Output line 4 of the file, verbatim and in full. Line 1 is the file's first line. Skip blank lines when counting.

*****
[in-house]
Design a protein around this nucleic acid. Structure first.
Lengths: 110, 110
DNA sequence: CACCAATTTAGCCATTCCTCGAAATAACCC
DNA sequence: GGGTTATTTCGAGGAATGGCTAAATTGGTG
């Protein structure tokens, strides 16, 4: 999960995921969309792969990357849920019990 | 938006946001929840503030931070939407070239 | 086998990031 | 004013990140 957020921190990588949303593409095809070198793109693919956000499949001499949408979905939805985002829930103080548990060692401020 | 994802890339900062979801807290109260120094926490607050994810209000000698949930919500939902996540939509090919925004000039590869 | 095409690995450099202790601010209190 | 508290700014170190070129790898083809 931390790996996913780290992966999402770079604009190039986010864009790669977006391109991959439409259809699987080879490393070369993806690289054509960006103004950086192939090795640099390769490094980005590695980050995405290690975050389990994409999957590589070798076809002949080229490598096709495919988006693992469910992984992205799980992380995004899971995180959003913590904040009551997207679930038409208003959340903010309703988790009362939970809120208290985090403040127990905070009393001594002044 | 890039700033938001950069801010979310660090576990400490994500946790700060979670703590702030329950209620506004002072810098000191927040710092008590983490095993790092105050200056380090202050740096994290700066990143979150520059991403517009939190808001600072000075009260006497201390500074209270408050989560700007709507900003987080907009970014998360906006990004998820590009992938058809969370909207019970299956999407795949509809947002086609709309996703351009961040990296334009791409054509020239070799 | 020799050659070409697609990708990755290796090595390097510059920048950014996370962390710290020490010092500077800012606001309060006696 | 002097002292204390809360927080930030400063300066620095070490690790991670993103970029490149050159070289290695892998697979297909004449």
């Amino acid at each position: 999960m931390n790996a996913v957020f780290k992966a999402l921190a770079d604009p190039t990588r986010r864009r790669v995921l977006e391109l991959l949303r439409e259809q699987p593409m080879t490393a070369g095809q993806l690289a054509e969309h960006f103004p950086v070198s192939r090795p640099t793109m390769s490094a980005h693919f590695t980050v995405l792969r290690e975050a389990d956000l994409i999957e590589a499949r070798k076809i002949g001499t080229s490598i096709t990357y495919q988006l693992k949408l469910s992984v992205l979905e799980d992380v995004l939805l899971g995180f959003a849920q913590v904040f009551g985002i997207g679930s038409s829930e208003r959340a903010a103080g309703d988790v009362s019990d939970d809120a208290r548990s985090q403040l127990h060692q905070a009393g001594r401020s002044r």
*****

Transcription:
DNA sequence: CACCAATTTAGCCATTCCTCGAAATAACCC